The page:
Have you heard it said that everything in Linux is a file? That is largely true, and that’s why the ability to manipulate files is crucial to mastering Linux Fu.
One thing that makes a Linux filesystem so versatile is the ability for a file to be many places at once. It boils down to keeping the file in one place but using it in another. This is handy to keep disk access snappy, to modify a running system, or merely to keep things organized in a way that suits your needs.
There are several key features that lend to this versatility: links, bind mounts, and user space file systems immediately come to mind. Let’s take a look at how these work and how you’ll often see them used.
Continue reading “Linux Fu: File Aliases, Links, and Mappings”
If you consider yourself a good cook, you may or may not know how to make a souffle or baklava. But there are certain things you probably do know how to do that form the basis of many recipes. For example, you can probably boil water, crack an egg, and brown meat. With Linux or Unix systems, you can make the same observation. You might not know how to set up a Wayland server or write a kernel module. But there are certain core skills like file manipulation and editing that will serve you no matter what you do. One of the pervasive skills that often gives people trouble is regular expressions. Many programs use these as a way to specify search patterns, usually in text strings such as files.
If you aren’t comfortable with regular expressions, that’s easy to fix. They aren’t that hard to learn and there are some great tools to help you. Many tools use regular expressions and the core syntax is the same. The source of confusion is that the details beyond core syntax have variations.
Let’s look at the foundation you need to understand regular expression well.
Continue reading “Linux Fu: Regular Expressions”
When it comes to music production and audio engineering, Linux isn’t the most common choice. This isn’t for lack of decent tools or other typical open source usability issues: Ardour as a highly capable, feature-rich digital audio workstation, the JACK Audio Connection Kit for powerful audio routing, and distributions like Ubuntu Studio packing all the essentials nicely together, offer a great starting point as home recording setup. To add variation to your guitar or bass arrangement on top of that, guitarix is a virtual amp that has a wide selection of standard guitar effects. So when [Arnout] felt that his actual guitar amp’s features were too limiting, he decided to build himself a portable, Linux-based amp.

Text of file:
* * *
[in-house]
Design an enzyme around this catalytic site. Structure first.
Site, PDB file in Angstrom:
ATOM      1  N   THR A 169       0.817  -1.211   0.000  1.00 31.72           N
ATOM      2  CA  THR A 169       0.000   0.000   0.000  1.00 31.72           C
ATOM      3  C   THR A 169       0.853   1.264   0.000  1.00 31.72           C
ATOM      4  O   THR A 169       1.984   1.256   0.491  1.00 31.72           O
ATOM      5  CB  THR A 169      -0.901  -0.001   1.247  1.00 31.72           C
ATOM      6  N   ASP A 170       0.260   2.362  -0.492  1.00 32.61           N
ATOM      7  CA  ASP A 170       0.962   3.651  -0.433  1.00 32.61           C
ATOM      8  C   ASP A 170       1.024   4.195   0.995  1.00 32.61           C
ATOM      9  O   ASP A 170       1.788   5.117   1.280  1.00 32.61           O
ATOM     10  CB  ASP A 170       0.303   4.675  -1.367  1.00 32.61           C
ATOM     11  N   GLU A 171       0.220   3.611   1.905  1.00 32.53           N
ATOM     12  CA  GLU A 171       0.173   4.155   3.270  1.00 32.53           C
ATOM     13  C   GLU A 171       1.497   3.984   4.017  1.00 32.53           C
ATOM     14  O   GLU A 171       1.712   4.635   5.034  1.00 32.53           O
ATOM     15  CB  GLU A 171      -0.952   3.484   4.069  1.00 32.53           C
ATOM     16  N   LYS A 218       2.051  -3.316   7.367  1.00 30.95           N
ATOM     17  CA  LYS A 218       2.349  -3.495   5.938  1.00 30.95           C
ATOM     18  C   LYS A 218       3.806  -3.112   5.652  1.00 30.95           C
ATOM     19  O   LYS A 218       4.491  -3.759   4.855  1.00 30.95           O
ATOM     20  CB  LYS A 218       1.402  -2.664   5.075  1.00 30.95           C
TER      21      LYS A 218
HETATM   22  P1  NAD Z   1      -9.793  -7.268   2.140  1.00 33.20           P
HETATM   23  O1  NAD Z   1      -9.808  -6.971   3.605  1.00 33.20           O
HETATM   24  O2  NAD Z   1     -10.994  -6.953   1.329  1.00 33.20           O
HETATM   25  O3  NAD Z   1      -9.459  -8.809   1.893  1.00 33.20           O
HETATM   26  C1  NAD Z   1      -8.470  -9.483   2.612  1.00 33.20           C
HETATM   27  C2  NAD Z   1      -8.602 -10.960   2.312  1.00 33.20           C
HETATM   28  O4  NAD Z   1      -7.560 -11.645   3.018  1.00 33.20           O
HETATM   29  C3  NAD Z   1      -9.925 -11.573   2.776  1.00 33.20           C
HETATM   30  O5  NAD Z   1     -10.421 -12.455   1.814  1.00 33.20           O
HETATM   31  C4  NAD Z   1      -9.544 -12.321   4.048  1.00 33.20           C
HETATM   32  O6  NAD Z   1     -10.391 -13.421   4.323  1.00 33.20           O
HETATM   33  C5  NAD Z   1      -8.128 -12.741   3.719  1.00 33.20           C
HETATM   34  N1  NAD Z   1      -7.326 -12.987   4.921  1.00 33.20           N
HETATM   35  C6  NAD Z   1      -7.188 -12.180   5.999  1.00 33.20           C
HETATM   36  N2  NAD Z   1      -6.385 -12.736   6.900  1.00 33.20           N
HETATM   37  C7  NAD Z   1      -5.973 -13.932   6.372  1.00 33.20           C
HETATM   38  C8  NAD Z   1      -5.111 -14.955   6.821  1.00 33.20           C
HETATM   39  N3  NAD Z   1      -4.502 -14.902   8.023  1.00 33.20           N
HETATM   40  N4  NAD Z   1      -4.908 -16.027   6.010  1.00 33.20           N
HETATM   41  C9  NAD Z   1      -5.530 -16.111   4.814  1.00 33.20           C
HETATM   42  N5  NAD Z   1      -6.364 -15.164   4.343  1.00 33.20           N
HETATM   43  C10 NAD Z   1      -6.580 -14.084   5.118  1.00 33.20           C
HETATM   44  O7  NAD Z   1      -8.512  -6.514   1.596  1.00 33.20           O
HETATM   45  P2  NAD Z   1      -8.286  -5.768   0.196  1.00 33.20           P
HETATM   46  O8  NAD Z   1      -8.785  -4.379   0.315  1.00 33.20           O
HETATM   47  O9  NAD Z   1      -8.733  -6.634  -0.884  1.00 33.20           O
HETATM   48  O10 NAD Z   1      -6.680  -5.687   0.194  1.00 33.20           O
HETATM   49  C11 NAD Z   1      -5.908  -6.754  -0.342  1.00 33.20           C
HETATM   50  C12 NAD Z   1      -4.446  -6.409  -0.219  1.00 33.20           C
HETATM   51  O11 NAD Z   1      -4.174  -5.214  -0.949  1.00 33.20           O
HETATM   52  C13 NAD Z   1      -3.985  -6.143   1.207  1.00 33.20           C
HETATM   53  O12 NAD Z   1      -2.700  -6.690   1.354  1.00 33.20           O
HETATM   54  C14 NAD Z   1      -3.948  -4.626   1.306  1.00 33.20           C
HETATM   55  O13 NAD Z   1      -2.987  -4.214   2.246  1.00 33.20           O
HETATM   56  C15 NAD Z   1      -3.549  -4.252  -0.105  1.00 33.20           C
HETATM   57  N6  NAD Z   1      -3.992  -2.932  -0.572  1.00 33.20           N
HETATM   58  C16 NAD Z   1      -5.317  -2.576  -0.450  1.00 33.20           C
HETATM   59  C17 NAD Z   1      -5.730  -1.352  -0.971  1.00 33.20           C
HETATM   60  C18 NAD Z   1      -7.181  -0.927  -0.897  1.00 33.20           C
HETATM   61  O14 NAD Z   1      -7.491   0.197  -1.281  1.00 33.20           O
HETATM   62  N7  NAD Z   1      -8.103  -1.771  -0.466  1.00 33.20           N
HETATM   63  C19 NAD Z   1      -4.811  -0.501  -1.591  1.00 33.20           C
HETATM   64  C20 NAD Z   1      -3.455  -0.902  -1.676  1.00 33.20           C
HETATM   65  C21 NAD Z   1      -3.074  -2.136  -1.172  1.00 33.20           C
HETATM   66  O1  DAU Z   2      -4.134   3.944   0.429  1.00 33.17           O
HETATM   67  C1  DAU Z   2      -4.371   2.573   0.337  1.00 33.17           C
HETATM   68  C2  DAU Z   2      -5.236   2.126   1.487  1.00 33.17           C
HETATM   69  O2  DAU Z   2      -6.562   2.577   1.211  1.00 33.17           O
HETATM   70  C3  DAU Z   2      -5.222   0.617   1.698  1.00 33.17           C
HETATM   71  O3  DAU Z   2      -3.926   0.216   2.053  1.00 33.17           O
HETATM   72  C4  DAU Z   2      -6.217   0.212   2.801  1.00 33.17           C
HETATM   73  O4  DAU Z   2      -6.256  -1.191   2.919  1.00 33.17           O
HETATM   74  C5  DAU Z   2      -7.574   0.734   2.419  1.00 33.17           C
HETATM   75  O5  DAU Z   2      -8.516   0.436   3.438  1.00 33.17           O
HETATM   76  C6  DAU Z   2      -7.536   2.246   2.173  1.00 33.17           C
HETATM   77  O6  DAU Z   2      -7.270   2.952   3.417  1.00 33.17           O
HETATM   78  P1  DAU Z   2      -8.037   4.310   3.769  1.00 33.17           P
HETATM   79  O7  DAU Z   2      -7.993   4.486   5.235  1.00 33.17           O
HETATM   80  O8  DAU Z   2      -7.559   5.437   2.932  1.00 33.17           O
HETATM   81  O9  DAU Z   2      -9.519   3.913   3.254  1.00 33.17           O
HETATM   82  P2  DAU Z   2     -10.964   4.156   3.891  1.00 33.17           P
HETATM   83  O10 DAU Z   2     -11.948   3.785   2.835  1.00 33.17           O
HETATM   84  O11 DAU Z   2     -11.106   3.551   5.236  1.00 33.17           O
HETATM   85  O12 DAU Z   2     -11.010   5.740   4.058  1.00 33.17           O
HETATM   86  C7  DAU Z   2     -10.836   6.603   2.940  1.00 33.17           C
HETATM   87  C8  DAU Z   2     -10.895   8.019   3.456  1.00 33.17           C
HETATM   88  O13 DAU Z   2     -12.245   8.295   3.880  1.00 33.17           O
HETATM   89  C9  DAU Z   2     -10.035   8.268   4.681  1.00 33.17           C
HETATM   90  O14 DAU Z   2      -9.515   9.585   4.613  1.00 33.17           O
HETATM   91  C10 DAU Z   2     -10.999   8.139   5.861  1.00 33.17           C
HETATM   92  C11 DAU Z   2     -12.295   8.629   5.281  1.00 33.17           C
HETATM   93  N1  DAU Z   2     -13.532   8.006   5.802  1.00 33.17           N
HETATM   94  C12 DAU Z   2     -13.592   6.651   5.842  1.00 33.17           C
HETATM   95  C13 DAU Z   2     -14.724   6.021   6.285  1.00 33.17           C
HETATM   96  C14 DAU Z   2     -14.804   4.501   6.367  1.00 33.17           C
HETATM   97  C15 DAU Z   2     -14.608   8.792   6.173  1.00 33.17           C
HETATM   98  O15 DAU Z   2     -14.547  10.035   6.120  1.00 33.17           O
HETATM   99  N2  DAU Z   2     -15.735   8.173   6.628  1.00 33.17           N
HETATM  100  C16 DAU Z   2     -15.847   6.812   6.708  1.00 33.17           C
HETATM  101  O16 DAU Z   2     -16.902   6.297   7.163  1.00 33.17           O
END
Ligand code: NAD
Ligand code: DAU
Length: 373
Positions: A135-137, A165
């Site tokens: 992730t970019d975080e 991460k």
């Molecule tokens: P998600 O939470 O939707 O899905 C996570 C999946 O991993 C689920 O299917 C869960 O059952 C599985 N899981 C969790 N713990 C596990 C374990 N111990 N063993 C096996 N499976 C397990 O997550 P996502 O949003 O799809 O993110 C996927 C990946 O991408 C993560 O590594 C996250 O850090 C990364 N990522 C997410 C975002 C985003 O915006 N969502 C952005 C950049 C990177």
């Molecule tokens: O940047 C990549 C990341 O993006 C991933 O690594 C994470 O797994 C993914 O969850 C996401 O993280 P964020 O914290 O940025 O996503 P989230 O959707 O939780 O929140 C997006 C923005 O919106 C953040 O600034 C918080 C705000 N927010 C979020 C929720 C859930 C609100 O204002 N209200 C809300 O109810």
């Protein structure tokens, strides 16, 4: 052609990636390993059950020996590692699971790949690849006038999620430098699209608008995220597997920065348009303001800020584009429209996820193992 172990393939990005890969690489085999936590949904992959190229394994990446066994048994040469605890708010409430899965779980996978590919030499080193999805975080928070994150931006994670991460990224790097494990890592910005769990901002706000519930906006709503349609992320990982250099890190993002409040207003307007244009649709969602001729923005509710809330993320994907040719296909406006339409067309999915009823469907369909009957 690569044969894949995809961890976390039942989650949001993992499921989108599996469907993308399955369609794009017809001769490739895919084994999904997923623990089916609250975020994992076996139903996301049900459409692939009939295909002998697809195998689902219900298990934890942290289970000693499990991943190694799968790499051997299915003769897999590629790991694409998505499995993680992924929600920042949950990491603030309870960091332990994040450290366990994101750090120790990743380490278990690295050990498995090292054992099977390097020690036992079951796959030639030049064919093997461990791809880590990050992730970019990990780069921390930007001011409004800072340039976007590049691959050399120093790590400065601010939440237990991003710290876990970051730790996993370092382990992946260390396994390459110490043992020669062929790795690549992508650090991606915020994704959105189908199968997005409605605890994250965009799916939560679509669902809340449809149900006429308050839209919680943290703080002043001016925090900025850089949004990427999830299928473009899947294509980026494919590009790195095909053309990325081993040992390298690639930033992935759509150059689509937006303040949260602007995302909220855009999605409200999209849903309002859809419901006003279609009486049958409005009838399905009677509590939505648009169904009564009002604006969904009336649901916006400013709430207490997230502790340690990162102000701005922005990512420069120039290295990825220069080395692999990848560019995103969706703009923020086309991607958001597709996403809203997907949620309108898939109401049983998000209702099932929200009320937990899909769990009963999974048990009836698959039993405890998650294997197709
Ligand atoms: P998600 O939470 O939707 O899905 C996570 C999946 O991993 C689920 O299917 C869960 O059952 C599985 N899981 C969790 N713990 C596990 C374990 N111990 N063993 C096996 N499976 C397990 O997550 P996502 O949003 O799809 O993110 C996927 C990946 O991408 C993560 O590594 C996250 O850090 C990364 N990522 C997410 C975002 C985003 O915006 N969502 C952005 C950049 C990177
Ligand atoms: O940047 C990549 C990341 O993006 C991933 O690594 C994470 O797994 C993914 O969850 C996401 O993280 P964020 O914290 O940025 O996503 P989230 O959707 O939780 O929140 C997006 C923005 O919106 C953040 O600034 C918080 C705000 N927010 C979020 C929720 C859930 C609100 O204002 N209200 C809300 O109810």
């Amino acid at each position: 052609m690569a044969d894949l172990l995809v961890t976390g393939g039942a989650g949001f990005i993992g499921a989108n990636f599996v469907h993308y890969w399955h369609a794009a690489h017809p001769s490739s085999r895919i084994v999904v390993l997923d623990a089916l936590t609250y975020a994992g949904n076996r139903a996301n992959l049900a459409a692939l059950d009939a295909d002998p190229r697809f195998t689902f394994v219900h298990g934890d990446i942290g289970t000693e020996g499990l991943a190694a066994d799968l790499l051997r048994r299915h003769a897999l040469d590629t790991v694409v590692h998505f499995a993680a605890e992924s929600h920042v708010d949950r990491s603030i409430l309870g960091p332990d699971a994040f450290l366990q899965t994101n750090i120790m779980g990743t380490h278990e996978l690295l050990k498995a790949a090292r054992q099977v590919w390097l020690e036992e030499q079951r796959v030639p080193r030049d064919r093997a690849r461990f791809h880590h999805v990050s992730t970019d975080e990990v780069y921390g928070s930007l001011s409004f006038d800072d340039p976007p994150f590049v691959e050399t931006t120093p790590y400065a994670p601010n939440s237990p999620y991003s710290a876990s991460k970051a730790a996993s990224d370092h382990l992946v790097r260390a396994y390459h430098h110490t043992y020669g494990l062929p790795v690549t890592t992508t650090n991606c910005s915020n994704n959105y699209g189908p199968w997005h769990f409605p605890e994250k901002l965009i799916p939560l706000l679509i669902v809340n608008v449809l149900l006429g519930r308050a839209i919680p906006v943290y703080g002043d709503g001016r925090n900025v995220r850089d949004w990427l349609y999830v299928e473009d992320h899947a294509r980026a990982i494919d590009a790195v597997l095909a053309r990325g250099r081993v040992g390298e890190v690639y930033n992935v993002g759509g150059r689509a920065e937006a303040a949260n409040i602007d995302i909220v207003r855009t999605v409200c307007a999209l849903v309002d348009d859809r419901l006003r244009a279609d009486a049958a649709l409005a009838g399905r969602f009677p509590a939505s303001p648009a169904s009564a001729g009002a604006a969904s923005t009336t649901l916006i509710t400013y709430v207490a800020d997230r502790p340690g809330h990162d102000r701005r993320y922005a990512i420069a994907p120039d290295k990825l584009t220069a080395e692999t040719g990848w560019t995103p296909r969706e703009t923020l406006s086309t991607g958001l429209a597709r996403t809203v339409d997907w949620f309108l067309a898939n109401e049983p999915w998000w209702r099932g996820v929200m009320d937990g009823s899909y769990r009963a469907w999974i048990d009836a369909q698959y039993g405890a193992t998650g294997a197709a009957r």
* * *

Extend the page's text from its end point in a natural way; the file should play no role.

[Arnout] built the amp around an Orange Pi Zero with an expansion board providing USB ports and an audio-out connector, and powers it with a regular USB power bank to ensure easy portability. A cheap USB audio interface compensates the lacking audio-in option, and his wireless headphones avoid too much cable chaos while playing. The amp could theoretically be controlled via a MIDI pedalboard, but [Arnout] chose to use guitarix’s JSON API via its built-in Python web interface instead. With the Orange Pi set up as WiFi hotspot, he can then use his mobile phone to change the effect settings.
One major shortcoming of software-based audio processing is signal latency, and depending on your ear, even a few milliseconds can be disturbingly noticeable. To keep the latency at a minimum, [Arnout] chose to set up his Orange Pi to use the Linux real-time kernel. Others have chosen a more low-level approach in the past, and it is safe to assume that this won’t be the last time someone connects a single-board computer to an instrument. We surely hope so at least.
Truly good ideas tend to apply in all situations. The phrase is “never run with scissors”, not “don’t run with scissors unless you are just going into the next room.” Software development methodology is a good idea and most of us have our choice of tools. But what if you are developing a significant amount of bash or similar script? Should you just wing it because bash isn’t a “real” programming language? [Oscar] says no, and if you are writing more than two or three lines of script, we agree.
We’ve made the argument before (and many of you have disagreed) that bash is a programming language. Maybe not the greatest and certainly not the sexiest, but bash is near ubiquitous on certain kinds of systems and for many tasks is pretty productive. [Oscar] shows how he uses a source code formatter, a linter, and a unit test framework to bring bash scripting in line with modern software development. We are pretty sure he uses source control, too, but that seems so elementary that it doesn’t come up outside of a link to his repository in GitHub.
Continue reading “Software Development in… Bash”